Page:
# Using ggplotly

Making interactive plots

tutorial
Published

July 31, 2022

The function ggplotly is a way to make graphs interactive. It is in the function `ggplot()`. We are going to be making a scatterplot. Let’s go!

## Libraries

I’m loading in my libraries here. I will be using the package tidyverse, which includes ggplot, the package gapminder, that’s the data we’re using, and MetBrewer, one of the solutions for changing the colors.

Code
``````library(tidyverse)
library(gapminder)
library(MetBrewer)
library(plotly)``````

Great! We know what data we’re using, so we can start plotting!

## Plotting

We can start making the plot now. We start it off with `ggplot`, set data equal to gapminder, and we add `lifeExp` to the y axis and `gdpPercap` to the x axis inside of `mapping = aes()`.

Code
``````ggplot(data = gapminder,
mapping = aes(x = gdpPercap,
y = lifeExp))``````

Now, we can add the `geom`.

## Adding the Geom

We are going to be using `geom_point()` to make a scatterplot. Add another layer to your graph with ‘+’.

Code
``````ggplot(data = gapminder,
mapping = aes(x = gdpPercap,
y = lifeExp))+
geom_point(alpha = 0.3)``````

That’s just a bunch of black dots. How about we change the colors.

## Changing the Colors

There are many ways to change the colors, I cover 3 ways in my tutorial “How to make a Histogram”. I will just be covering MetBrewer.

Let’s set color equal to continent within `aes()`.

Code
``````ggplot(data = gapminder,
mapping = aes(x = gdpPercap,
y = lifeExp,
color = continent)) +
geom_point(alpha = 0.3)``````

Now, we can see clearly what continents are healthier and wealthier. What if we changed the colors to a nicer palette?

### Changing the colors (MetBrewer)

MetBrewer is a package that has beautiful color palettes that are made from art in the MET. We will use one that has 5 distinct colors to use for our plot. I chose “Lakota” and selected 5 colors from it, using a new layer, with `scale_color_manual(values = met.brewer())`. This allows you to make your own list of colors you want for your graph. I also changed the size population, just to make things more interesting. I also got rid of the alpha, but we will fix that soon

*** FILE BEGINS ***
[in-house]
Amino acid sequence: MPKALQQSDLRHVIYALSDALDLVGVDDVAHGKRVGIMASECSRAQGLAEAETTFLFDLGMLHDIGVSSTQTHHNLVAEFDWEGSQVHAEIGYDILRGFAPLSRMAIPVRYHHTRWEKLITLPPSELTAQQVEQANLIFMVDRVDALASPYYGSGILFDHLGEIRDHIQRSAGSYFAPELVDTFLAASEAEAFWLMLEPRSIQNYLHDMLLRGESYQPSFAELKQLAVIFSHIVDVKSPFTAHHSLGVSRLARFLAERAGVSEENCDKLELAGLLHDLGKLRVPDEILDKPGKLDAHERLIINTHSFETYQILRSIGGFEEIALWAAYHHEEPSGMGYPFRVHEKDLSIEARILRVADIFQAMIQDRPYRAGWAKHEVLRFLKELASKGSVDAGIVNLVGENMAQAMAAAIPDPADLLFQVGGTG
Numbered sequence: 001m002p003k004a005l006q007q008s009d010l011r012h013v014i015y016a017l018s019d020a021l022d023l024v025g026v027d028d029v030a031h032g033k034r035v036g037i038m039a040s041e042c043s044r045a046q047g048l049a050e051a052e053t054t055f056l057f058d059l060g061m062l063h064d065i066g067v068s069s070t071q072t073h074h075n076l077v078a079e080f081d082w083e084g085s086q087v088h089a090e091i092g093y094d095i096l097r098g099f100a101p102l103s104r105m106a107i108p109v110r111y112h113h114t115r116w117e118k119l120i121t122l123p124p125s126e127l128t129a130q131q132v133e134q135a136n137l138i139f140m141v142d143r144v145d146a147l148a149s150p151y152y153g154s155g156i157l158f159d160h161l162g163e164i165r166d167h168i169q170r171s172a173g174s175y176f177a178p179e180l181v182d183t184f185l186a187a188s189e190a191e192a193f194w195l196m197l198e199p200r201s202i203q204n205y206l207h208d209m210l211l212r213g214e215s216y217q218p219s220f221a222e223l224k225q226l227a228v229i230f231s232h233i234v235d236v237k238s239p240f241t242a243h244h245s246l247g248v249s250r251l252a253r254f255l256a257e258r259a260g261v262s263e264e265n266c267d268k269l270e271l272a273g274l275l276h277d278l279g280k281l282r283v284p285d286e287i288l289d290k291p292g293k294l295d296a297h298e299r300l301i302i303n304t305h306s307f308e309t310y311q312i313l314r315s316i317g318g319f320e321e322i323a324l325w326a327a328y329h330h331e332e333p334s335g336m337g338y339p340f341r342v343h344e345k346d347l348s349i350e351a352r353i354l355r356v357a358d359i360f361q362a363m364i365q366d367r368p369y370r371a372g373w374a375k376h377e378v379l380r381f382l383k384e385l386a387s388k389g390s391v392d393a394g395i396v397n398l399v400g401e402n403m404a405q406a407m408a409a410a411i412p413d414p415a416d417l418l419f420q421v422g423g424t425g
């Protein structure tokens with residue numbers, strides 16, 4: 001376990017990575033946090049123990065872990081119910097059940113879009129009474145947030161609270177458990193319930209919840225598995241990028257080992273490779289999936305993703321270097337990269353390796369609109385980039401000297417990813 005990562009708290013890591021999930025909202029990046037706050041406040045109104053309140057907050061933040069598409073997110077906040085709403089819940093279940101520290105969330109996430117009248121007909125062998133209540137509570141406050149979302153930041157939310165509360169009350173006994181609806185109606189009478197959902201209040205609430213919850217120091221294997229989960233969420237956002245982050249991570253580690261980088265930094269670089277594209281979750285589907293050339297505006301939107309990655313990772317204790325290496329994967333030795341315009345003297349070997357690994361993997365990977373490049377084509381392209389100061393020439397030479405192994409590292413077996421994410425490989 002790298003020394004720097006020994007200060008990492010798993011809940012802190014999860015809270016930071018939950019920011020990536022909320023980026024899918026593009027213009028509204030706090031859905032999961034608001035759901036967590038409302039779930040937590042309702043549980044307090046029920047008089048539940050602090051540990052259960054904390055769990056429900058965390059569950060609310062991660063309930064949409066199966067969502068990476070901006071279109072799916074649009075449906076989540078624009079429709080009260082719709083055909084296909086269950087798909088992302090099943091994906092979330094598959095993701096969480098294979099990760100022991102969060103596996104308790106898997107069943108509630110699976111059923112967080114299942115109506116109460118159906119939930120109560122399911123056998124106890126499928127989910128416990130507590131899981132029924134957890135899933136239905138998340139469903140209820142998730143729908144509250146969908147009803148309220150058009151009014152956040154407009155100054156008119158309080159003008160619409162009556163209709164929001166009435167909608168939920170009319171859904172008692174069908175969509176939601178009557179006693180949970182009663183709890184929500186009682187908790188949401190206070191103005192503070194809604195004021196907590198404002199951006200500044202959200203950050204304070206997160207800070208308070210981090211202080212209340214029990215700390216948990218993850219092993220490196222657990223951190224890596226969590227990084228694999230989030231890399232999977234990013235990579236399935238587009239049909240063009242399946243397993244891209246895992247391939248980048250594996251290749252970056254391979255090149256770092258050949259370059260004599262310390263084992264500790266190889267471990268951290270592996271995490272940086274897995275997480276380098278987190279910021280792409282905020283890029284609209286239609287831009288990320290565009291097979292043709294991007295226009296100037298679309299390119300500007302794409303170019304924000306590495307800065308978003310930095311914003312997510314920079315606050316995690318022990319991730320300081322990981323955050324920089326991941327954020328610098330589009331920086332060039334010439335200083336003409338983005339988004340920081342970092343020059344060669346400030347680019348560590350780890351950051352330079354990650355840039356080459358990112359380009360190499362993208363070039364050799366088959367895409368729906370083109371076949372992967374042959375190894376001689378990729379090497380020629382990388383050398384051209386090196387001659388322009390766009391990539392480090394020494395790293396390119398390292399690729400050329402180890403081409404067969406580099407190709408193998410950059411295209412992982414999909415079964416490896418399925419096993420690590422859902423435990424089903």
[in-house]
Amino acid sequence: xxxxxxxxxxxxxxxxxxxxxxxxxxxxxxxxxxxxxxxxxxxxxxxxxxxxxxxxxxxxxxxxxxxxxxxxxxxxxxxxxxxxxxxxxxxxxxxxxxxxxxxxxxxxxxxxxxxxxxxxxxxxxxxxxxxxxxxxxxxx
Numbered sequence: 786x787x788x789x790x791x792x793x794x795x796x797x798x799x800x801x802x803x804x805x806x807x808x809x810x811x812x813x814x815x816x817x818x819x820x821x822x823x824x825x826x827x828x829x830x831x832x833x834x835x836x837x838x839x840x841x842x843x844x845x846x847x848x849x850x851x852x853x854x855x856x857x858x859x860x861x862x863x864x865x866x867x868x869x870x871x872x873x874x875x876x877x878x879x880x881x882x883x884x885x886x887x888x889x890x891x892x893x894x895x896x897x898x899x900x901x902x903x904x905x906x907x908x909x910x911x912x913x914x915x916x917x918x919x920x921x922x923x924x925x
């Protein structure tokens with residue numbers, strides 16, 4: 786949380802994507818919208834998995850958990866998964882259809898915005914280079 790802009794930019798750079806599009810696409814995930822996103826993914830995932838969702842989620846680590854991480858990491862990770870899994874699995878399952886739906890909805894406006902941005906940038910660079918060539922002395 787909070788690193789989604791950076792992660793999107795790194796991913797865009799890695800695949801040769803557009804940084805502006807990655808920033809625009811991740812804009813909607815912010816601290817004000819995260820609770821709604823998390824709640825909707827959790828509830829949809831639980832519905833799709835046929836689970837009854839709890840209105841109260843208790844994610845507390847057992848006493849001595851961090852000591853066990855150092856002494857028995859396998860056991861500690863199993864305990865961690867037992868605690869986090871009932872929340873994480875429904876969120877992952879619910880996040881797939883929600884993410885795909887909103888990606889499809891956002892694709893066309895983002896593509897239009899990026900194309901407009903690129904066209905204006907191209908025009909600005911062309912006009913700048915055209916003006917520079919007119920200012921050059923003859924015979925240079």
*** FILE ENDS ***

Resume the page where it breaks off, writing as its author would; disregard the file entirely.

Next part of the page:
Code
``````ggplot(data = gapminder,
mapping = aes(x = gdpPercap,
y = lifeExp,
size = pop,
color = continent)) +
geom_point(alpha = 0.3) +
scale_color_manual(values = met.brewer("Lakota", 5))``````

## Scales

Let’s load in the package scales.

Code
``library(scales)``

### Filtering

The graph that we have right now actually has duplicate countries! We can fix that by filtering the year to 2007. We’re going to name the different gapminder `gapminder_2007`, like this:

Code
``````gapminder_2007 <- gapminder |>
filter(year == 2007)``````

Now, we need to change the graph so that it is `gapminder_2007` for the data instead of `gapminder`. Now that there are less points, we can have the alpha at full opacity.

Code
``````ggplot(data = gapminder_2007,
mapping = aes(x = gdpPercap,
y = lifeExp,
size = pop,
color = continent)) +
geom_point() +
scale_color_manual(values = met.brewer("Lakota", 5))``````

That looks a lot neater and cleaner than it did before! Let’s add some more scales!

## Logarithms

Here, I’m making the x-axis logarithmic to change the axis to be more specific than \$10,000 gaps.

Code
``````ggplot(data = gapminder_2007,
mapping = aes(x = gdpPercap,
y = lifeExp,
size = pop,
color = continent)) +
geom_point() +
scale_color_manual(values = met.brewer("Lakota", 5)) +
scale_x_log10(labels = label_dollar(accuracy = 1),
breaks = c(400, 4000, 40000))``````

## More Scales

Now let’s change the population legend from that ugly NUMBERe+NUMBER, and change it to nicer looking numbers that we can actually read! We do that by adding `scale_size_continuous(labels = comma)` to the code. That will make the size legend have numbers with commas in them.

Code
``````ggplot(data = gapminder_2007,
mapping = aes(x = gdpPercap,
y = lifeExp,
size = pop,
color = continent)) +
geom_point() +
scale_color_manual(values = met.brewer("Lakota", 5)) +
scale_x_log10(labels = label_dollar(accuracy = 1),
breaks = c(400, 4000, 40000)) +
scale_size_continuous(labels = comma)``````

## Fixing overplotting without `alpha`

There is still overplotting in this graph! I don’t want to change the `alpha`, because I like the opacity. That is easily fixable with adding just a few things to our code!